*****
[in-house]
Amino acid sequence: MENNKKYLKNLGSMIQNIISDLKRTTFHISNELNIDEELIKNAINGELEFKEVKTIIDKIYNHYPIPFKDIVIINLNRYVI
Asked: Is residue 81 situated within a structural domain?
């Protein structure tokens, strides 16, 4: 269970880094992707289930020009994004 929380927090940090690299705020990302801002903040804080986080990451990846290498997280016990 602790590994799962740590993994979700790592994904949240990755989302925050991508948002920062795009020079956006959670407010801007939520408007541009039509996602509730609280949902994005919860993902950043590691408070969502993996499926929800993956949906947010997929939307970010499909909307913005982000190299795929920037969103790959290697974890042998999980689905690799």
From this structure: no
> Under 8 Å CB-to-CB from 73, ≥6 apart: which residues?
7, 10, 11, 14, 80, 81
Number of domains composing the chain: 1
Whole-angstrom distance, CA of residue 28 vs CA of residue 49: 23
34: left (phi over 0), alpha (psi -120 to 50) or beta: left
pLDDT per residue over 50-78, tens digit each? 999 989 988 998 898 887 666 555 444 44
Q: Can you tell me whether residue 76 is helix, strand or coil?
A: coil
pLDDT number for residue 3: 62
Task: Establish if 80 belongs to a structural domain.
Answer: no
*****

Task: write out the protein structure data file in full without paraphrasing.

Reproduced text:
[in-house]
Amino acid sequence: MENNKKYLKNLGSMIQNIISDLKRTTFHISNELNIDEELIKNAINGELEFKEVKTIIDKIYNHYPIPFKDIVIINLNRYVI
Asked: Is residue 81 situated within a structural domain?
């Protein structure tokens, strides 16, 4: 269970880094992707289930020009994004 929380927090940090690299705020990302801002903040804080986080990451990846290498997280016990 602790590994799962740590993994979700790592994904949240990755989302925050991508948002920062795009020079956006959670407010801007939520408007541009039509996602509730609280949902994005919860993902950043590691408070969502993996499926929800993956949906947010997929939307970010499909909307913005982000190299795929920037969103790959290697974890042998999980689905690799």
From this structure: no
> Under 8 Å CB-to-CB from 73, ≥6 apart: which residues?
7, 10, 11, 14, 80, 81
Number of domains composing the chain: 1
Whole-angstrom distance, CA of residue 28 vs CA of residue 49: 23
34: left (phi over 0), alpha (psi -120 to 50) or beta: left
pLDDT per residue over 50-78, tens digit each? 999 989 988 998 898 887 666 555 444 44
Q: Can you tell me whether residue 76 is helix, strand or coil?
A: coil
pLDDT number for residue 3: 62
Task: Establish if 80 belongs to a structural domain.
Answer: no